Employee Recognition Rocks: 5 Best Ways to Improve Recognition
Want to Kick Employee Recognition Up a Notch?
Employee recognition is limited in most organizations. Employees complain about the lack of recognition and appreciation regularly. Organizations fail to realize the power of providing frequent and sincerely meant employee recognition. They are unaware of the impact that solid recognition and employee thank yous would have on employee motivation, engagement, and retention.
Managers who should be the most significant factor in recognizing employees are not clear about these value factors when recognition is properly provided.
Some managers even ask questions such as, “Why should I recognize or thank him? He’s just doing his job.”
And, life at work is busy, busy, busy. There are always too many priorities and goals. Nearly every employee has enough work to fill a 40 hour work week or more. These factors combine to create workplaces that fail to provide recognition for employees.
Managers who prioritize employee recognition understand the power of recognition. They know that employee recognition is not just a nice thing to do for people. Employee recognition is a communication tool that reinforces and rewards the most important outcomes people create for your business.
When you recognize people effectively, you reinforce, with your chosen means of recognition, the actions and behaviors you most want to see people repeat. An effective employee recognition system is simple, immediate, and powerfully reinforcing.
Employees feel cared about and appreciated.
It may seem simplistic, but people who feel recognized and cared about produce more and better work.
Employee Survey Pinpoints Recognition as a Challenge
In a client employee satisfaction survey, the question about whether the company cared about the welfare and happiness of its employees drew divergent views.
Some people agreed; others disagreed. The environment was clearly not awash in employee recognition.
So, the Culture and Communications team put out a second survey asking what would make the employees feel as if the company cared about them. The team members developed several answers that employees could check and supplied room for their comments and additional thoughts.
Fifty-five percent of the respondents said that praise and attention from their supervisor would make them feel as if the company cared about them and their well-being. As you might also expect, money, benefits, and events such as company lunches ranked high, too. But recognition from the supervisor or manager ranked above all other choices.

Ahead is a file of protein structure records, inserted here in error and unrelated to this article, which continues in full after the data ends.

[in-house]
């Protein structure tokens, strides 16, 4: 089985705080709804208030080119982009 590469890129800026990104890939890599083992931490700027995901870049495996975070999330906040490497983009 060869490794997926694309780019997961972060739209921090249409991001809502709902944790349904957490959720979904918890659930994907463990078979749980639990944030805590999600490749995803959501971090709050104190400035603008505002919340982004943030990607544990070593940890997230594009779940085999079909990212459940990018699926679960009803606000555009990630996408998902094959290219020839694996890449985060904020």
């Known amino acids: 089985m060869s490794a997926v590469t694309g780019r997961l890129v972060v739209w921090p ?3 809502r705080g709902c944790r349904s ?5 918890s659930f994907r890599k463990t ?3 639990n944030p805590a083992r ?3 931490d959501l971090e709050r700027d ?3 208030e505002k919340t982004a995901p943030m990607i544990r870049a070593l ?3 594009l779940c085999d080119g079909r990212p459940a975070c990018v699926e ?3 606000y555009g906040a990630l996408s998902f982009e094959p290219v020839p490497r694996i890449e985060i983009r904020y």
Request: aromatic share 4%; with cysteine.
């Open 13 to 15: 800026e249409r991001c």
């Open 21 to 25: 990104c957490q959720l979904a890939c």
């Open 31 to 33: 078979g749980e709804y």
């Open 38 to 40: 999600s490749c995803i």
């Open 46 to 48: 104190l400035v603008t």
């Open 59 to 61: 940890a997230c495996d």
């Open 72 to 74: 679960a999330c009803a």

In employee satisfaction surveys in different organizations, the findings are always similar. Employees want to know that they have done a good job—and that you noticed. Employees want to be thanked and appreciated.
A leader of employees makes other people feel important and appreciated. The leader excels at creating opportunities to provide rewards, recognition, and thanks to his or her staff. A leader creates a work environment in which people feel important and appreciated.
Want to Kick Employee Recognition Up a Notch?
You can reinforce powerfully the recognition you provide in these ways.
- Write out the recognition, what the employee did, why it was important, and how the actions served your organization. Give a copy of the letter to the employee and to the department head or CEO, depending on the size of your company. Place a copy in the employee’s file.
- Write a personal note to the employee. Perhaps have your manager sign it, too. Photocopy the note and place the recognition in the employee’s file.
- Accompany the verbal recognition with a gift. Engraved plaques, merchandise that carries the company logo, even certificates of appreciation reinforce the employee recognition.
- Everyone likes cash or the equivalent in gift cards, gift certificates, and checks. If you use a consumable form of employee recognition, accompany the cash with a note or letter. When the money has been spent, you want the employee to remember the recognition.
- Present the recognition publicly, at an employee meeting, for example. Even if the employee is uncomfortable with publicity, it is important for the other employees to know that employees are receiving recognition.
Conclusion and More Information About Employee Recognition
A simple “thank you” counts as employee recognition. But, you can also make employee recognition as elaborate as your imagination can conceive. Recognition should not be a scarce resource.
You cannot use recognition up. You cannot run out of recognition. No budget is too small to afford employee recognition. For increased employee satisfaction, bring on lots of employee recognition. You'll be happy that you did.
Here are forty ways to say thank you to employees at work and twenty ways to tell your employees that you care. That gives you sixty additional ways, some that take seconds, to spread recognition around. You'll be happy that you did—and your employees will love you and stay